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April 18, 1941


The opinion of the court was delivered by: KIRKPATRICK

KIRKPATRICK, District Judge.

Except for the prayers for discovery and for general equitable relief, the only remedy asked for by this compliant is the appointment of a receiver. Upon the ground, among others, the defendant has made the present motion to dismiss. The motion will be denied.

The complaint appears to be in reality a bill for a receiver to conserve assets in aid of liquidation, and it should be so treated. As was stated in National Ben. Life Ins. Co. v. Shaw-Walker Co., 71 App.D.C. 276, 111 F.2d 497, 504, "* * * it seems clear that the allegations, rather than the prayer, determine whether the sole object of the suit is a receivership." The substance of the allegations of this complaint is that the defendant is insolvent in the sense that it is unable to meet its obligations as they mature, that there is "no possibility or hope of expectation" that it will ever be able to resume its business, that as a matter of fact it ceased business about November 1, 1930, and has been in a state of slow liquidation since that time. To these are coupled allegations which amount to charges that the officers and directors are prolonging the liquidation solely in their own interests, the advantage to them being the continuation of payment of salaries alleged to be excessive, that they have exercised no management in the usual accepted sense of that term, and that their conduct of the liquidation generally is grossly wasteful and extravagant. The company having been practically out of business for ten years, the only thing a receiver could do would be to take over and continue, in the interests of the stockholders, the liquidation now in progress, and that is what the complaint really seeks to accomplish.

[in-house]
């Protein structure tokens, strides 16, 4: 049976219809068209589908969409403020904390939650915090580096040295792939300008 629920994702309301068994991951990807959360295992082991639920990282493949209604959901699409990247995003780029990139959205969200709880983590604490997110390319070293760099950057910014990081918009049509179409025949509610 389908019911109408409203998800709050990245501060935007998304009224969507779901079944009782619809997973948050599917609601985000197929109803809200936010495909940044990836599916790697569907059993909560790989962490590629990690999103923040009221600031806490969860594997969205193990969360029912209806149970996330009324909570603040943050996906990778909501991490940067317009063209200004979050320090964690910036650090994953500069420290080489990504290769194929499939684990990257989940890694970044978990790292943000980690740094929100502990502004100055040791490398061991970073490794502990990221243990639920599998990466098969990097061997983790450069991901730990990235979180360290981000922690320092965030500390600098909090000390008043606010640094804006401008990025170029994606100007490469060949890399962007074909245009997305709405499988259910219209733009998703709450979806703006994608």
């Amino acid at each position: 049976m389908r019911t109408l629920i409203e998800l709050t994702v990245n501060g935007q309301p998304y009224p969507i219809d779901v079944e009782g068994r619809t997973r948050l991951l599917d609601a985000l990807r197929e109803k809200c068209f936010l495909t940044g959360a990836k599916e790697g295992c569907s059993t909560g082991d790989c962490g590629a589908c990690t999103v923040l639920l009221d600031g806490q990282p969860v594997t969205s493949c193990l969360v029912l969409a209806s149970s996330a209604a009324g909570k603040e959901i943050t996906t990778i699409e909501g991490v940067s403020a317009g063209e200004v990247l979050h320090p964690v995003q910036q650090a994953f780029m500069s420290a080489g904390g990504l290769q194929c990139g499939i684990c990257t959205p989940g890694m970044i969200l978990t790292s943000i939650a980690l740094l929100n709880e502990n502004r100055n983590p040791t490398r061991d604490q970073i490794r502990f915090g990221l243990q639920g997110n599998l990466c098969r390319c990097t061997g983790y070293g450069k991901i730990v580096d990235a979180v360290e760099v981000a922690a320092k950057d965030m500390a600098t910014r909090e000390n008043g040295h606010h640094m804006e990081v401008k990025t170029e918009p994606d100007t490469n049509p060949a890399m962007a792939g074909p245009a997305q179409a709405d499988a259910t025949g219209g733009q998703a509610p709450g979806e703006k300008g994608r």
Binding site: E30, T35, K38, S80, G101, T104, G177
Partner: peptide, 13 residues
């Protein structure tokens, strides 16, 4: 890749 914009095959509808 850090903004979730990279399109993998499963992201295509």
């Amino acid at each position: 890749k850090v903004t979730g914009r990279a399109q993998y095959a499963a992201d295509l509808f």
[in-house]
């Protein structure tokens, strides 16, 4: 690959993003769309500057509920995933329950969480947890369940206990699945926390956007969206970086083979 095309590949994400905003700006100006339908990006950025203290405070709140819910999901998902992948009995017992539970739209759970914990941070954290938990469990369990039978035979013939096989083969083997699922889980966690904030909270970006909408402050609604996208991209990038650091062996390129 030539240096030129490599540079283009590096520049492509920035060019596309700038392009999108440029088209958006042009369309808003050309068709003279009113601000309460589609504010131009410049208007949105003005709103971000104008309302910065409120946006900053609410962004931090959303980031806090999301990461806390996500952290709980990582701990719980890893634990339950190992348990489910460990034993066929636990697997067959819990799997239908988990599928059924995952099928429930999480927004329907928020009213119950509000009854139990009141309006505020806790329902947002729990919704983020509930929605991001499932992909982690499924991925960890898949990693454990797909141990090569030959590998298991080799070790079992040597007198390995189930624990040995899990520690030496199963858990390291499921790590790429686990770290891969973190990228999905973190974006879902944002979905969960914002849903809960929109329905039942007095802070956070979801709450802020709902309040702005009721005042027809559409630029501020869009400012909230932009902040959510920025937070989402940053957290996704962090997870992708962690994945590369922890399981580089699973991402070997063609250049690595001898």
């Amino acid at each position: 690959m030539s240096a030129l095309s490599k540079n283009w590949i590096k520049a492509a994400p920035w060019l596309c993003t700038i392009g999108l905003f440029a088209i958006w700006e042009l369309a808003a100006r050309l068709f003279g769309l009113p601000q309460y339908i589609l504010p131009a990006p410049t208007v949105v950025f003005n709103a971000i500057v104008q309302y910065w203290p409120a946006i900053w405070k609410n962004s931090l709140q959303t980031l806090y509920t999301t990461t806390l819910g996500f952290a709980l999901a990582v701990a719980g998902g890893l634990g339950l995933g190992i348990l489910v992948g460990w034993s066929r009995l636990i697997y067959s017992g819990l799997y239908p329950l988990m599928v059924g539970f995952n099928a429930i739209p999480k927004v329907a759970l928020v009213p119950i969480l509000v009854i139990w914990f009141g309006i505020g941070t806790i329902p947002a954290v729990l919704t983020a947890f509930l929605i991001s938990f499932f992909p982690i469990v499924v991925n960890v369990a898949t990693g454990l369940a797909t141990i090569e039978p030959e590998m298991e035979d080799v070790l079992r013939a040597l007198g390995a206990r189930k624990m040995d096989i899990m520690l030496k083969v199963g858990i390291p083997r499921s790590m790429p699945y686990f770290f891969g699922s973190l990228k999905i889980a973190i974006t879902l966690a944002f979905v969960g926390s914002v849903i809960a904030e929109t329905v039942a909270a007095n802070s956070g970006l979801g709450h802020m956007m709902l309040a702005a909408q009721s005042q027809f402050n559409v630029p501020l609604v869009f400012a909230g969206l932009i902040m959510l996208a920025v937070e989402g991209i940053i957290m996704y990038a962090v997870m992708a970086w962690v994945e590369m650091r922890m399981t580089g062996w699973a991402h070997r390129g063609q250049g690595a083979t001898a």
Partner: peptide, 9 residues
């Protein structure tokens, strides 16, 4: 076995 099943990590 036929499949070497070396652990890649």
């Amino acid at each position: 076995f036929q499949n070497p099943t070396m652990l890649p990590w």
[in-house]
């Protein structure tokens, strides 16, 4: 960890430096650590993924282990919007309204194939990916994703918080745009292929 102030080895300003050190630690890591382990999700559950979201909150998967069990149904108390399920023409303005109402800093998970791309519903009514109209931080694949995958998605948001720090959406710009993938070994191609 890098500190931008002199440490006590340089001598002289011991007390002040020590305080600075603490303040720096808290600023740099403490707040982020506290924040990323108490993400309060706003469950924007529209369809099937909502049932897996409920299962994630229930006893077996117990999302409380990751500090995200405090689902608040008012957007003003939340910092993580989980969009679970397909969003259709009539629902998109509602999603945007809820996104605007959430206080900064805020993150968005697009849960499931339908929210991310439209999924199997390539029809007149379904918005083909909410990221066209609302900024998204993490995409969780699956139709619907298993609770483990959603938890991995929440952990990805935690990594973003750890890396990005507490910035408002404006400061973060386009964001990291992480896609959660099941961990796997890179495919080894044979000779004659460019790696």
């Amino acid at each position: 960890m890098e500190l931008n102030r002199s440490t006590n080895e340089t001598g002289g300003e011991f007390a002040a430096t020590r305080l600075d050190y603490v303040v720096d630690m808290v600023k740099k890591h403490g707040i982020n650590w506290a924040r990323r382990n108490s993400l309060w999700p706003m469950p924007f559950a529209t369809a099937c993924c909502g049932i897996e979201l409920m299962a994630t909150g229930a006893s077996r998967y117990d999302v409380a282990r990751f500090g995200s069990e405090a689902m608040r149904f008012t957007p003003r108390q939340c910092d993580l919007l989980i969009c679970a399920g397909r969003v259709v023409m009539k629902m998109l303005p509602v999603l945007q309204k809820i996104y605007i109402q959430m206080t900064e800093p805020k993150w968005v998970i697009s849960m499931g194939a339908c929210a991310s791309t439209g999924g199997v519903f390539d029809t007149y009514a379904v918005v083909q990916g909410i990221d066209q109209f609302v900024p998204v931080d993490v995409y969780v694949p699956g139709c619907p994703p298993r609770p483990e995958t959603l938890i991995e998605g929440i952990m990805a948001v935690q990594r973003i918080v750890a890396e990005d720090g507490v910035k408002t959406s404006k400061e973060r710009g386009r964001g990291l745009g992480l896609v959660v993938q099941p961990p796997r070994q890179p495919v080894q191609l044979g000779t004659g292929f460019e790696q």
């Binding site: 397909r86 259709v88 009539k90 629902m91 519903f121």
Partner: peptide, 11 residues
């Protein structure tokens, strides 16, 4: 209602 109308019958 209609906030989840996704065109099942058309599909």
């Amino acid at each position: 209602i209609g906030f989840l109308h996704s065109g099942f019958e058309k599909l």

Although neither case is precisely on all fours with the present case, the general principles stated in National Beneficial Life Ins. Co. v. Shaw-Walker Co., supra, and Hall v. City Park Brewing Co., 294 Pa. 127, 143 A. 582, sustain the jurisdiction. In the latter case, the primary object (brewing beer) for which the corporation was formed became legally impossible of attainment, and efforts to carry on collateral enterprises had resulted in failure. As to these collateral enterprises (selling legal beverages), there was no legal impediment, but it had been demonstrated that the stockholders could hope for no benefit from them in the future. Although no receiver was immediately appointed, jurisdiction to grant that form of relief was sustained. In the present case there is no legal impediment, but it is clear that a total cessation of normal business for ten years, during which time a piece-meal liquidation has been carried on, has extinguished all hope of revival of the business which was the corporation's object.

 I do not regard this as a derivative action. The primary purpose of the suit governs its nature. Here, the remedy sought is the control, for conservation, of the liquidation of the corporation, and consequently the action is directly against the corporation, maintainable by any stockholder in his own right. The mere fact that a receiver, if appointed, might have to proceed against officers or directors as a part of his duties is incidental and not controlling. If it were, practically every receivership for conservation of assets would be a derivative suit.

 The other reasons urged for the dismissal of the action have been considered, but they are not sustained.

 By reason of the view which is taken of the nature of the suit as above stated, Rule 23(b), 28 U.S.C.A. following section 723c, need not be complied with.


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